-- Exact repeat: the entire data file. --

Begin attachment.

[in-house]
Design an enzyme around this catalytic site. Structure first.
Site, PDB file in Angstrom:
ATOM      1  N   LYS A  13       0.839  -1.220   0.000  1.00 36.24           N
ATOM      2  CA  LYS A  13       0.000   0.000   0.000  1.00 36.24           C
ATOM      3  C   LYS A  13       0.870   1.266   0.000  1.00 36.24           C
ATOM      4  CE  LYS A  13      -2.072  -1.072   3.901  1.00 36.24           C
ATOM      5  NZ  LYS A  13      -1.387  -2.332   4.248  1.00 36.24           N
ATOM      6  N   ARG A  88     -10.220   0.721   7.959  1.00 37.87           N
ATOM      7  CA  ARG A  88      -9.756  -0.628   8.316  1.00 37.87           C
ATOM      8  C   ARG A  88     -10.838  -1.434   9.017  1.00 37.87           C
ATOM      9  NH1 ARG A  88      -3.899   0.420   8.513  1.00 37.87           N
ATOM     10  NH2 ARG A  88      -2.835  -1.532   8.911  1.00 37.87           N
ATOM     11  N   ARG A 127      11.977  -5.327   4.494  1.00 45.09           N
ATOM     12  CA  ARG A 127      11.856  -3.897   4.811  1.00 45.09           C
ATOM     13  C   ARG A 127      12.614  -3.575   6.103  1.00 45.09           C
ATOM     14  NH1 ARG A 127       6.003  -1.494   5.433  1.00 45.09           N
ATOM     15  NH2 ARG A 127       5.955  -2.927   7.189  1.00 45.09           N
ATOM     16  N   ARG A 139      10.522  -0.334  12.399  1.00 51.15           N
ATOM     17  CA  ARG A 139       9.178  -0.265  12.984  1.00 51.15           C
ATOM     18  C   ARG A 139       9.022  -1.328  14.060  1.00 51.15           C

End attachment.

[in-house]
Design an enzyme around this catalytic site. Structure first.
Site, PDB file in Angstrom:
ATOM      1  N   LYS A  13       0.839  -1.220   0.000  1.00 36.24           N
ATOM      2  CA  LYS A  13       0.000   0.000   0.000  1.00 36.24           C
ATOM      3  C   LYS A  13       0.870   1.266   0.000  1.00 36.24           C
ATOM      4  CE  LYS A  13      -2.072  -1.072   3.901  1.00 36.24           C
ATOM      5  NZ  LYS A  13      -1.387  -2.332   4.248  1.00 36.24           N
ATOM      6  N   ARG A  88     -10.220   0.721   7.959  1.00 37.87           N
ATOM      7  CA  ARG A  88      -9.756  -0.628   8.316  1.00 37.87           C
ATOM      8  C   ARG A  88     -10.838  -1.434   9.017  1.00 37.87           C
ATOM      9  NH1 ARG A  88      -3.899   0.420   8.513  1.00 37.87           N
ATOM     10  NH2 ARG A  88      -2.835  -1.532   8.911  1.00 37.87           N
ATOM     11  N   ARG A 127      11.977  -5.327   4.494  1.00 45.09           N
ATOM     12  CA  ARG A 127      11.856  -3.897   4.811  1.00 45.09           C
ATOM     13  C   ARG A 127      12.614  -3.575   6.103  1.00 45.09           C
ATOM     14  NH1 ARG A 127       6.003  -1.494   5.433  1.00 45.09           N
ATOM     15  NH2 ARG A 127       5.955  -2.927   7.189  1.00 45.09           N
ATOM     16  N   ARG A 139      10.522  -0.334  12.399  1.00 51.15           N
ATOM     17  CA  ARG A 139       9.178  -0.265  12.984  1.00 51.15           C
ATOM     18  C   ARG A 139       9.022  -1.328  14.060  1.00 51.15           C